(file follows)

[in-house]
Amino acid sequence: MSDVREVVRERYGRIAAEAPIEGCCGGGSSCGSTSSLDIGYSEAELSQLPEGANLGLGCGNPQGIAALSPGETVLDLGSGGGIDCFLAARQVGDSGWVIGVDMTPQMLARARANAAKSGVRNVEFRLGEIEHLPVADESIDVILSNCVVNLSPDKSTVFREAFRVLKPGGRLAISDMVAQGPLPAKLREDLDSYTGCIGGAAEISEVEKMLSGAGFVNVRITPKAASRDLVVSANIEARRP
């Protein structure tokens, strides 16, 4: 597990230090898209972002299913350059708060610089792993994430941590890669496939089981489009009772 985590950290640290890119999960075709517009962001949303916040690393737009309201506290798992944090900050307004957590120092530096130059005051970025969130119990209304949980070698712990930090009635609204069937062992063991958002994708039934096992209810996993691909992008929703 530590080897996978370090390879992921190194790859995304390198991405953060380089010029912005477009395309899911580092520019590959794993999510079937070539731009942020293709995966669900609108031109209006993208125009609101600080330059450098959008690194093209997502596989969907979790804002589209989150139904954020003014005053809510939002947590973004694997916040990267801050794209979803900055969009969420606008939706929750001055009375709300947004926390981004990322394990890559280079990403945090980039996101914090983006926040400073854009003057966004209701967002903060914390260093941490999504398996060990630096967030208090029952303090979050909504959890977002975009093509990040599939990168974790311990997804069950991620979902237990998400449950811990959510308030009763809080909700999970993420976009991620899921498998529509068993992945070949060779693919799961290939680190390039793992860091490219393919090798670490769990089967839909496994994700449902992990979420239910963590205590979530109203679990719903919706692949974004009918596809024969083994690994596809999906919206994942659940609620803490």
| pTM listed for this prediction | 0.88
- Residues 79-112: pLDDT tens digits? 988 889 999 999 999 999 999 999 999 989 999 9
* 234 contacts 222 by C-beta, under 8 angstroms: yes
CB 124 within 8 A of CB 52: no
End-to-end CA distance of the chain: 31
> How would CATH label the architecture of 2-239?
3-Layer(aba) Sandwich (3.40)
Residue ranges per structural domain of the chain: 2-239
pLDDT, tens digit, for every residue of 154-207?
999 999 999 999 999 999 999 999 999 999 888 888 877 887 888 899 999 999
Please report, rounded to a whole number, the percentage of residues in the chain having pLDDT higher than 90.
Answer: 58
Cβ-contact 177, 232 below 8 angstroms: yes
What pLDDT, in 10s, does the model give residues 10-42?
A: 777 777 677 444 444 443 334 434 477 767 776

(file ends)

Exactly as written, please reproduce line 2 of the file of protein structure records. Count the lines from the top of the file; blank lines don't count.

Amino acid sequence: MSDVREVVRERYGRIAAEAPIEGCCGGGSSCGSTSSLDIGYSEAELSQLPEGANLGLGCGNPQGIAALSPGETVLDLGSGGGIDCFLAARQVGDSGWVIGVDMTPQMLARARANAAKSGVRNVEFRLGEIEHLPVADESIDVILSNCVVNLSPDKSTVFREAFRVLKPGGRLAISDMVAQGPLPAKLREDLDSYTGCIGGAAEISEVEKMLSGAGFVNVRITPKAASRDLVVSANIEARRP